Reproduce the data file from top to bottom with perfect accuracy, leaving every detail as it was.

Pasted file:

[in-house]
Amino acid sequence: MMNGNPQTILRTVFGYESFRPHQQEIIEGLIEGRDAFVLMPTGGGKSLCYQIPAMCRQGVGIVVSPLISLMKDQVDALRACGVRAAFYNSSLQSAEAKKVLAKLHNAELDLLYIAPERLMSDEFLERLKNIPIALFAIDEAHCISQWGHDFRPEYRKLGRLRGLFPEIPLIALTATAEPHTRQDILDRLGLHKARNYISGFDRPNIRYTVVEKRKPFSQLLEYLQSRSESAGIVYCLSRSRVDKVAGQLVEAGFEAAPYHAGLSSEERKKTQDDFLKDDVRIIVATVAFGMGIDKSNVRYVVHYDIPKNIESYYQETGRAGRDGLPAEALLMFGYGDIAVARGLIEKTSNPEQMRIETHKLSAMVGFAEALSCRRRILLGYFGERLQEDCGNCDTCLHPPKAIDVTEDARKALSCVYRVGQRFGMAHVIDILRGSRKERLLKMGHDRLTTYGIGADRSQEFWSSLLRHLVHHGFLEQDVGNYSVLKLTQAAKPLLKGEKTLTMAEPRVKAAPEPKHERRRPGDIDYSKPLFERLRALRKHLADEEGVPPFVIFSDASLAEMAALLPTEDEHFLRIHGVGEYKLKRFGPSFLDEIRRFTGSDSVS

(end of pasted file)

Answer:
[in-house]
Amino acid sequence: MMNGNPQTILRTVFGYESFRPHQQEIIEGLIEGRDAFVLMPTGGGKSLCYQIPAMCRQGVGIVVSPLISLMKDQVDALRACGVRAAFYNSSLQSAEAKKVLAKLHNAELDLLYIAPERLMSDEFLERLKNIPIALFAIDEAHCISQWGHDFRPEYRKLGRLRGLFPEIPLIALTATAEPHTRQDILDRLGLHKARNYISGFDRPNIRYTVVEKRKPFSQLLEYLQSRSESAGIVYCLSRSRVDKVAGQLVEAGFEAAPYHAGLSSEERKKTQDDFLKDDVRIIVATVAFGMGIDKSNVRYVVHYDIPKNIESYYQETGRAGRDGLPAEALLMFGYGDIAVARGLIEKTSNPEQMRIETHKLSAMVGFAEALSCRRRILLGYFGERLQEDCGNCDTCLHPPKAIDVTEDARKALSCVYRVGQRFGMAHVIDILRGSRKERLLKMGHDRLTTYGIGADRSQEFWSSLLRHLVHHGFLEQDVGNYSVLKLTQAAKPLLKGEKTLTMAEPRVKAAPEPKHERRRPGDIDYSKPLFERLRALRKHLADEEGVPPFVIFSDASLAEMAALLPTEDEHFLRIHGVGEYKLKRFGPSFLDEIRRFTGSDSVS